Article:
Wednesday, October 7, 2009

That's why they call it yard work



Kneeling in my gravel driveway, digging up dandelions with a dandelion fork.

That's yard work.

Raking up needles dropped by the 60-foot Ponderosa pine.

Yard work.

Gardening is different! I happily snap my secateurs like castanets as I march out for a spot of dead-heading and pruning. All things seem possible, now that the weather is no longer scorch-your-skin-off hot.

But yard work makes me tired just thinking about it.

What's your garden task that is never fun and always yard work?

To leave a comment, click on the word COMMENTS below

32 comments:

Grace Peterson said...

Thank you DP! I thought I was the only one that dreads certain tasks and censures myself for being so confounded lazy. LOL For me the most dreaded task is tackling the leaf-fall from the three gargantuan Sweet Gum trees in my front yard. Unfortunately it's not as easy as rake, bundle into wheelbarrow and haul to backyard area where I let them decompose. The dang trees start losing leaves in mid November and won't be finished until the end of January. So every single time I rescue the lawn from oxygen and sunlight deprivation, in short order a fresh dumping has completely nullified my efforts. Not gardening at all! But it is a good workout.

Daffodil Planter said...

Grace, And just what are you and I doing up at this hour, when we should be sleeping and gaining strength to rake, rake, rake? The crummy maples in front here must get the same newsletter as your Sweet Gums. They drop just enough leaves at a time to require clean-up. We always hope that a quick lawn mow will do the trick. Slow learners!

Laura Livengood Schaub said...

The yard work I used to hate, avoid, and try whenever possible to get someone else to do was mow and edge the lawn.

Now that the lawn is gone, I'd say that moving plants is the task I like least...I don't like to disrupt things and I hate digging big holes.

But give me a nice straggly perennial or overgrown shrub to edit, and I'm in heaven!

Greensparrow said...

Edging. I hate edging beds. I'll weed, deadhead, plant, dig, prune, ANYTHING but edge.

Daffodil Planter said...

Laura, I agree, digging is HARD. Maybe it's a guy thing?

Welcome Greensparrow! A guy from Michigan who doesn't mind digging. Hmm. You make two votes against edging. Adding your nice blog to the blogroll!

Susan Morrison said...

Weeding. Which is why I have so many because I never quite seem to get to it.

Not that you asked, but my FAVORITE garden chore by far is making a list of jobs for my husband to do.

Town Mouse said...

Oh, I don't know. Usually, I'm just happy to be outside. Yes, some things get tiresome after a while, but doesn't everything? As I rake the leaves, I can always dream of the next thing to plant, or listen to the birds. And when I'm fed up, I go get a cup of tea and take a break.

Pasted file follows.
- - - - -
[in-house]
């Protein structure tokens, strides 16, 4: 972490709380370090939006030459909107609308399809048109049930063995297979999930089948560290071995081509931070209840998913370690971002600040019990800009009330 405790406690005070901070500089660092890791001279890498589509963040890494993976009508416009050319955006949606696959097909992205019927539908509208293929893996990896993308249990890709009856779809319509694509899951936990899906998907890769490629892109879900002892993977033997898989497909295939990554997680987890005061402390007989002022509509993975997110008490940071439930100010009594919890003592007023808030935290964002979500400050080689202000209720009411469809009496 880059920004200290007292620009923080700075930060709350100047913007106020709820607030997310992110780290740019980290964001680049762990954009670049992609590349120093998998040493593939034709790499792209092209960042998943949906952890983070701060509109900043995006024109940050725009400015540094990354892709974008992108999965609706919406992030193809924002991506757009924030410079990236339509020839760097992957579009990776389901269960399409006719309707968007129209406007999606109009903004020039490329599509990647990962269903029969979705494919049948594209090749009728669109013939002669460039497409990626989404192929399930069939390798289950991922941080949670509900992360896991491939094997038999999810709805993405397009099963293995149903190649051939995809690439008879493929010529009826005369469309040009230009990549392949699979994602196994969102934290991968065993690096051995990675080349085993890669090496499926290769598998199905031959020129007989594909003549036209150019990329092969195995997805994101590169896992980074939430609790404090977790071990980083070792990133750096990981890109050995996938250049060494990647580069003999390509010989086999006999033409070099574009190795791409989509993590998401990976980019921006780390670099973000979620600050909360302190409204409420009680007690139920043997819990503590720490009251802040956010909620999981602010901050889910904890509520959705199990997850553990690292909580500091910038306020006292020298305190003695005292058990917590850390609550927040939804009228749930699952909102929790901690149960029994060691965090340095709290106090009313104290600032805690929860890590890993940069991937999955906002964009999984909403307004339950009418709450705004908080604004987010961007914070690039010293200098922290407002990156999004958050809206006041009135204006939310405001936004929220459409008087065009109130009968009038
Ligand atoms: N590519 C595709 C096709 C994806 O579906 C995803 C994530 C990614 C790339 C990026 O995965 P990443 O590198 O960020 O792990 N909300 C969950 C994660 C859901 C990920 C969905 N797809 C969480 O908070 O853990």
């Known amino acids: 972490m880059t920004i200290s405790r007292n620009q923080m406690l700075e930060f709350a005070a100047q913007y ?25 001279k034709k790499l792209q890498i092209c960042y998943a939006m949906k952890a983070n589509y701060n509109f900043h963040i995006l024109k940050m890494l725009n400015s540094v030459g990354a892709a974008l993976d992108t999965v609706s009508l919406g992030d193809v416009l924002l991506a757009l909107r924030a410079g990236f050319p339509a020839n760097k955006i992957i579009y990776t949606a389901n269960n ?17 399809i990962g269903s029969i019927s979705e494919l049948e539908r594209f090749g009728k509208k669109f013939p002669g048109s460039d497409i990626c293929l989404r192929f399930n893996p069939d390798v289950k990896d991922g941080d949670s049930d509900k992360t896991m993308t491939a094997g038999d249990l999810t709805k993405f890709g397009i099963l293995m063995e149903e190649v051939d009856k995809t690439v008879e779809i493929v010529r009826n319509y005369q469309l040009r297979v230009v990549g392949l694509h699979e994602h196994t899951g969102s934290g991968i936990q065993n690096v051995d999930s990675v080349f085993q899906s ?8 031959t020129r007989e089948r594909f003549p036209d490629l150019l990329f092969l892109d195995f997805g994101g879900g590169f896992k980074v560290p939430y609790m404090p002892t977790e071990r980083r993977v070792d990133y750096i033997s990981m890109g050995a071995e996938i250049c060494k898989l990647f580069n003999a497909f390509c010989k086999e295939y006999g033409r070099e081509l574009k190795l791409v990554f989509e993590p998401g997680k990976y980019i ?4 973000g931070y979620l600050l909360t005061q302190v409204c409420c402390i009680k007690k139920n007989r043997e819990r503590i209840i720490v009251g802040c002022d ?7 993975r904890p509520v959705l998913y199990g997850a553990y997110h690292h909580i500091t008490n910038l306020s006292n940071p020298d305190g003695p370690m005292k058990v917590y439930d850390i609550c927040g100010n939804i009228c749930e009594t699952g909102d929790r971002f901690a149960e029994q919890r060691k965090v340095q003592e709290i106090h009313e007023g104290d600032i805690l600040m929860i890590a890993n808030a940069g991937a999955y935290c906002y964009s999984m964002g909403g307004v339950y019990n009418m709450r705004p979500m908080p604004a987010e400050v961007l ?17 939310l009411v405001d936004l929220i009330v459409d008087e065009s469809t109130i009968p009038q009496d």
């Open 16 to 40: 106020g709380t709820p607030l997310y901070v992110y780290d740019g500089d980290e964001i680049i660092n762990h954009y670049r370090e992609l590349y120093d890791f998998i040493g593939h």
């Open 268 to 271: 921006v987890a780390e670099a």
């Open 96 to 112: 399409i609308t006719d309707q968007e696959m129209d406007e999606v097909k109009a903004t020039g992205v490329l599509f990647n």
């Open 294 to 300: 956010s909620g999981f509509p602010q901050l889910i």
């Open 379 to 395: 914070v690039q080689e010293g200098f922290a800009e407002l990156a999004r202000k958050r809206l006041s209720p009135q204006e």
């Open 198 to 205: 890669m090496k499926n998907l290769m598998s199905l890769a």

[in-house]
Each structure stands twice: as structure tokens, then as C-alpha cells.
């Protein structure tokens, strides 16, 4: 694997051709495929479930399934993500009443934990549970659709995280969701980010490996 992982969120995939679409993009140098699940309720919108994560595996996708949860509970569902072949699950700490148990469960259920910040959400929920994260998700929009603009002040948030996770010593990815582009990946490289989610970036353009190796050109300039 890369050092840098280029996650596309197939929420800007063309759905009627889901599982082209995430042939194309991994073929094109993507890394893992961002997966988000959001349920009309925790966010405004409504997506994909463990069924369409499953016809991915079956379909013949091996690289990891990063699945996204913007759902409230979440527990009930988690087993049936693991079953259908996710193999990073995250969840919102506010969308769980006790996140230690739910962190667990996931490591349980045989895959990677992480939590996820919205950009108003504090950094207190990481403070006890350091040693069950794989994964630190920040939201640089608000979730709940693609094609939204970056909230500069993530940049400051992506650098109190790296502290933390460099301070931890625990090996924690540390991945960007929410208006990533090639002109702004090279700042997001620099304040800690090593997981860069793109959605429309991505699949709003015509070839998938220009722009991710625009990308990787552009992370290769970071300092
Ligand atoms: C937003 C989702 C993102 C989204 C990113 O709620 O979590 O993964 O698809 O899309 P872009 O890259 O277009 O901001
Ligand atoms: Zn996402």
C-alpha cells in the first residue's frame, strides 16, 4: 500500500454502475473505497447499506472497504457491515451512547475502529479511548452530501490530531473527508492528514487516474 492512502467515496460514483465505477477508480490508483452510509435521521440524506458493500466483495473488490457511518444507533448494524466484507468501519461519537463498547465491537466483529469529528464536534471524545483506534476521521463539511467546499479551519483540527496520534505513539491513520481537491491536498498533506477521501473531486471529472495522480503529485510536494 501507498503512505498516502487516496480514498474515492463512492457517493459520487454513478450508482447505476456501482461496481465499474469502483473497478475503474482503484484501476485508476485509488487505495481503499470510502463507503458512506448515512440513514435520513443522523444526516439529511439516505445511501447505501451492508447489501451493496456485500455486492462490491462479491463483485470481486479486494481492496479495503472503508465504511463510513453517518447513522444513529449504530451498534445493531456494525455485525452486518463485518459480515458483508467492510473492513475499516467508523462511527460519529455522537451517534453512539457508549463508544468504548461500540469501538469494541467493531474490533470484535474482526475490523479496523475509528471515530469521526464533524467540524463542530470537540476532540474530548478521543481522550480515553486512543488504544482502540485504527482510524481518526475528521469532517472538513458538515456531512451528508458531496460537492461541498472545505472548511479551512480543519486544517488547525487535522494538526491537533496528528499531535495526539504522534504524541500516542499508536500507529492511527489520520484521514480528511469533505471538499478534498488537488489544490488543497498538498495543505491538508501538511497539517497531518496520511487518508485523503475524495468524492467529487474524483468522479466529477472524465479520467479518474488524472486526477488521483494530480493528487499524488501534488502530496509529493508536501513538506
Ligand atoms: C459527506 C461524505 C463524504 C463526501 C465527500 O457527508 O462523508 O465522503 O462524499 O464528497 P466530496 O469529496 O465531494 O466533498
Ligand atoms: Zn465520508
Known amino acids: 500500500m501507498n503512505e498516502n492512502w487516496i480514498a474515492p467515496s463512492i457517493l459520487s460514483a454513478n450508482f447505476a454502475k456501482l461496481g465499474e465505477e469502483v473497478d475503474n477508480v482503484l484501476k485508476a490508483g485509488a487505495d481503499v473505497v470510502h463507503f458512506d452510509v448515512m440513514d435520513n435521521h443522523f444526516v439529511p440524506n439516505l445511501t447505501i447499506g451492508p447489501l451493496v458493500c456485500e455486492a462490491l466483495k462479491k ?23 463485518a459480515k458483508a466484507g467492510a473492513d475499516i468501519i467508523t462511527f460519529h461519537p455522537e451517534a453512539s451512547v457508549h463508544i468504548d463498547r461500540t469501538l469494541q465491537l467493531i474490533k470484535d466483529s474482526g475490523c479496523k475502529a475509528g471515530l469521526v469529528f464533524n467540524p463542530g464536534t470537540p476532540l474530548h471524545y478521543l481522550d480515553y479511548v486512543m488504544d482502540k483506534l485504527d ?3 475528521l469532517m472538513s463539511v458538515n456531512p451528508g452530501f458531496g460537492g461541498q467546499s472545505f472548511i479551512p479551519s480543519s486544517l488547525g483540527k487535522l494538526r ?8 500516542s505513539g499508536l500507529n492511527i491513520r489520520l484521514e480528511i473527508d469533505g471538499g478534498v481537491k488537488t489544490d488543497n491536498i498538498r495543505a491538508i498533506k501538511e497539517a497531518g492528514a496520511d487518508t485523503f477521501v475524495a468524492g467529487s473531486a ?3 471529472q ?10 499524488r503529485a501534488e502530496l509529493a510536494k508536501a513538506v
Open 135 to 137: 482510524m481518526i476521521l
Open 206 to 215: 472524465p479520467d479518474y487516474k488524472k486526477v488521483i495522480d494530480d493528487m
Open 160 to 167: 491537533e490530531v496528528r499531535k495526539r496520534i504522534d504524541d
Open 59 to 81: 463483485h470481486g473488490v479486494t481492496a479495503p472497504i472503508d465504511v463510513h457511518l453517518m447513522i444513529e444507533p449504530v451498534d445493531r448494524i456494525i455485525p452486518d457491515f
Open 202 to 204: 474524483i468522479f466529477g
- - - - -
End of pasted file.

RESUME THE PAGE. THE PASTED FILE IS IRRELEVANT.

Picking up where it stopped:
Daffodil Planter said...

Susan, I see. Your favorite gardening activity is getting someone else to do the work? The designer wears her designer hat even at home!

Town Mouse, C'mon over to my house! I'll brew the tea.

Susan Reimer said...

Sweeping the street and weeding the sidewalk. My husband says it is part of being a grown-up and a good neighbor. Funny. I am the one that gets stuck doing it.

Kari Lønning said...

Dividing GIGANTIC hostas. I am so loath to do it, that they're out there looking very Victorian-gardenish.

Brown Thumb Mama said...

I don't mind digging up dandelions or even @#&% nutgrass. But the bug-smooshing really gets me. Thankfully I have a 4-year-old to dispatch the tomato and cabbage worms!

lawremc said...

Deadheading. I know it needs to be done but there are always so many more fun things to do that all that time spent snipping coreopis or gaura spent bloooms.

Daffodil Planter said...

Welcome Susan Reimer! Your husband and Susan Morrison are on the same page of the gardener's manual.

Welcome Kari Lonning! The hostas sound scary to me too!

Welcome Brown Thumb Mama! Dispatch as in smash, or as in smash 'n swallow?

Daffodil Planter said...

Welcome lawremc! Wow, you have really high standards--I don't deadhead coreopsis or gaura until the bitter end of the season. I'm impressed!

Sarah from Toronto Gardens said...

For me, it's planting bulbs, hands down.

Deadheading I actually love, weeding I can get into, but digging up those fiddly little holes to add a few bulbs here and there, *especially* when I know the squirrels are going to eat most of them before they even bloom. Well, you really have to be an optimist. And really MAKE yourself do it. Plus, it's the end of the season and I'm fed up with the garden by then.

The potential payoff is big though. So then I suffer the guilt if I DON'T do it. How many times have I bought bulbs in those magnificent packages with all the best intentions. Then let them sit....unplanted.

Kelly Senser said...

Sod removal is never fun, but each year we take on this yard work in order to reduce the size of our lawn. Worth the effort. I'm fascinated by the birds, insects and other critters drawn to the wildlife-friendly plants that replace the turf.

GartenGrl at Cool Garden Things said...